instagram pinterest linkedin facebook twitter goodreads facebook circle twitter circle linkedin circle instagram circle goodreads circle pinterest circle

Far From Flatbush

Read It and Weep

I've written frequently on this blog about the difficulties of surviving as a writer in 21st century America, and I've complained long and loud about mega-conglomerates, like Google and Amazon, who've made survival that much more difficult. But nothing I've written comes close to the indictment that Scott Turow, author of numerous best-selling books and president of The Authors Guild, published in The New York Times the other day.

Turow covers a lot of ground in "The Slow Death of the American Author," and I’m not going to discuss all of it here. But I'd like to bring your attention to a couple of points he makes, which shed even more light on similar things I've written about.

One of his main points is how Google, which does business under the slogan “Don’t be evil,” as well as Yahoo and Bing, are, without fear of legal consequence, profiting by directing people to “rogue sites… with paid ads decorating the margins,” that offer pirated e-books for free. “If I stood on a corner telling people who asked where they could buy stolen goods and collected a small fee for it,” Turow writes, “I’d be on my way to jail.”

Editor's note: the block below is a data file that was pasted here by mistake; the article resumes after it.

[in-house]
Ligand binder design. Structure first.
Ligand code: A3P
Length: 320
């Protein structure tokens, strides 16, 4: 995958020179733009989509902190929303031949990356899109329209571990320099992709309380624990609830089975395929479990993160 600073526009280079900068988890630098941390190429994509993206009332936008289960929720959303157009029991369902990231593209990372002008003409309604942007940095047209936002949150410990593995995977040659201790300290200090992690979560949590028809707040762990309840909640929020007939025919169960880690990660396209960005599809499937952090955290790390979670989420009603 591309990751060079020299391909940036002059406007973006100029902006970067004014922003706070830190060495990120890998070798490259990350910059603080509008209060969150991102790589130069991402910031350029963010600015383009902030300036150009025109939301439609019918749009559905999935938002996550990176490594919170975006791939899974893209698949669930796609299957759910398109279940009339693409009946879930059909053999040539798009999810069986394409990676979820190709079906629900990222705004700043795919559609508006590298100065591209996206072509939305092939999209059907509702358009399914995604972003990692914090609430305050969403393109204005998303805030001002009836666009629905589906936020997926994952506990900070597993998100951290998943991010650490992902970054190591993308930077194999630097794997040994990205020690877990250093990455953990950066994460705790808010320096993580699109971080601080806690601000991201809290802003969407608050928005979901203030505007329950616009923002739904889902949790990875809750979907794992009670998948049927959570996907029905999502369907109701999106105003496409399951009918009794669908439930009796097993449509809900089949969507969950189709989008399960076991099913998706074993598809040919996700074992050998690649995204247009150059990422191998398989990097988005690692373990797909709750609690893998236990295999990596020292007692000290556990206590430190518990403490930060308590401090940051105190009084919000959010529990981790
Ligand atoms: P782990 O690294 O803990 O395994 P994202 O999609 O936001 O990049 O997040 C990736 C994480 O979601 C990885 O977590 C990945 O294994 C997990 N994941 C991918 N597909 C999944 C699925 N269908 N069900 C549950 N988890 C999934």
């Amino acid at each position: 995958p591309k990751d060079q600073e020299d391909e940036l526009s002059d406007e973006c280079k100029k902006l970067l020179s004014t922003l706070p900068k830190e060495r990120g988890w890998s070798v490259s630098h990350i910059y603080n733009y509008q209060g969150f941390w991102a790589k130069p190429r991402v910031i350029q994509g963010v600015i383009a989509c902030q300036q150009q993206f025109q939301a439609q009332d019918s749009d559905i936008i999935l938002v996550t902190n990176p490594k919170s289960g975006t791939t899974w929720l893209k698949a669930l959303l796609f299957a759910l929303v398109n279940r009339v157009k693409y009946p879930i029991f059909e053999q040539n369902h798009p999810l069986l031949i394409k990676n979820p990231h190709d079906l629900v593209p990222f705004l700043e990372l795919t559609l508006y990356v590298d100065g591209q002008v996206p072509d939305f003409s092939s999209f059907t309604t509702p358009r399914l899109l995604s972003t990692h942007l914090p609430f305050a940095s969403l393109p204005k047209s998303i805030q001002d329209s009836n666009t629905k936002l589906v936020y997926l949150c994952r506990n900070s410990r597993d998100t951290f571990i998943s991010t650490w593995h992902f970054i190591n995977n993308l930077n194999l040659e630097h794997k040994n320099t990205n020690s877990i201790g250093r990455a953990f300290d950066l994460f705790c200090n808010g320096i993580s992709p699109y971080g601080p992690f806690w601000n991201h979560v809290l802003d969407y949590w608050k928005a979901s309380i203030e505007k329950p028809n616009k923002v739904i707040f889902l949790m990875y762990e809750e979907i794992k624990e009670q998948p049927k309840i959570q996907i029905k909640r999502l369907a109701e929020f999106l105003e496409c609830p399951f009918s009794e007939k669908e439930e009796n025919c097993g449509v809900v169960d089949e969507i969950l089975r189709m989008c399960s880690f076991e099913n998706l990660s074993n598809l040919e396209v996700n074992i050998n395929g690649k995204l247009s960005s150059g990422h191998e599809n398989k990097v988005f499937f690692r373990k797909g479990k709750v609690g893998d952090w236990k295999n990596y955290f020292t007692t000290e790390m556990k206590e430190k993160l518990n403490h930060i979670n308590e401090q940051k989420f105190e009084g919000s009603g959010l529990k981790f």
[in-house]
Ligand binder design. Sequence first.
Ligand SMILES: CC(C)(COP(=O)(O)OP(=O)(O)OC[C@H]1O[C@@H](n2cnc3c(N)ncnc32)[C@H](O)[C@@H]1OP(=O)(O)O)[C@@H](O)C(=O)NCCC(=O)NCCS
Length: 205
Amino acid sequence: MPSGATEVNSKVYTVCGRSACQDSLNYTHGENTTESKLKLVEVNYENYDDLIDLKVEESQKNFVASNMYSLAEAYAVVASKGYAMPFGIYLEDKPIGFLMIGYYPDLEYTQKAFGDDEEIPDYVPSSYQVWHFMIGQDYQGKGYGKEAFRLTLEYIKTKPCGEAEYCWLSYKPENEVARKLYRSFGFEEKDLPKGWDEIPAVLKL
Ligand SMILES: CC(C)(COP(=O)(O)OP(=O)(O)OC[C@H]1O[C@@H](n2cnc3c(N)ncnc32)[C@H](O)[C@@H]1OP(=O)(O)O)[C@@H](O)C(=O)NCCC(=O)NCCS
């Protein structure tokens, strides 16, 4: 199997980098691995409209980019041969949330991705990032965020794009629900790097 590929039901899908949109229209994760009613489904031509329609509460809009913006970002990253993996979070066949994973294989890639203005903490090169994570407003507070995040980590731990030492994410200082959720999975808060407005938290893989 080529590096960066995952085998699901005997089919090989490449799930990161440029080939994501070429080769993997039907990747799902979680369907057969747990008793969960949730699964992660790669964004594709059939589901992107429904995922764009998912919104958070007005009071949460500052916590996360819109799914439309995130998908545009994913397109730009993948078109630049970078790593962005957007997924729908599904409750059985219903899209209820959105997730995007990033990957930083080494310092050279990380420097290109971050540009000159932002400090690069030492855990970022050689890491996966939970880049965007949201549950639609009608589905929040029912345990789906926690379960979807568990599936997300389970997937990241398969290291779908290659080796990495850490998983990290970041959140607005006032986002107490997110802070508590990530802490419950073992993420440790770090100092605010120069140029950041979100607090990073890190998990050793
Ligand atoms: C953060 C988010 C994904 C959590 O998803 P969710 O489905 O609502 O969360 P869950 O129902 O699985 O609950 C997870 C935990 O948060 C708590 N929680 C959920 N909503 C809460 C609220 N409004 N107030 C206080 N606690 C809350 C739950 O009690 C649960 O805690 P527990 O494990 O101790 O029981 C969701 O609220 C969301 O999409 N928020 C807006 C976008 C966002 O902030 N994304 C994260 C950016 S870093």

He then turns to Amazon, which, since 2000, has been selling used print books side-by-side with new books, without sharing the profits on the used books with publishers or authors. Now, Turow says, the company has a patent to sell “used” e-books. Except, unlike print books, which show wear and tear, there’s no difference between a used e-book and a new e-book. “Why,” he asks, “would anyone ever buy a new book again?” Amazon “would literally own the resale market and would shift enormous profits to itself from publishers as well as authors, who would lose the already meager share of the proceeds they receive on the sale of new e-books.”

Turow ends with a vision of the dystopian future of book publishing in the U.S., based on what he saw on a recent visit to Russia, where, he says, “There is only a handful of publishers left,” e-books have been “savaged by instantaneous piracy that goes almost completely unpoliced,” and “in the country of Tolstoy and Chekhov, few Russians… can name a contemporary Russian author whose work regularly affects the national conversation.”

I’d urge everybody with an interest in the fate of books and the people who write them to read Turow’s complete essay.
2 Comments
Post a comment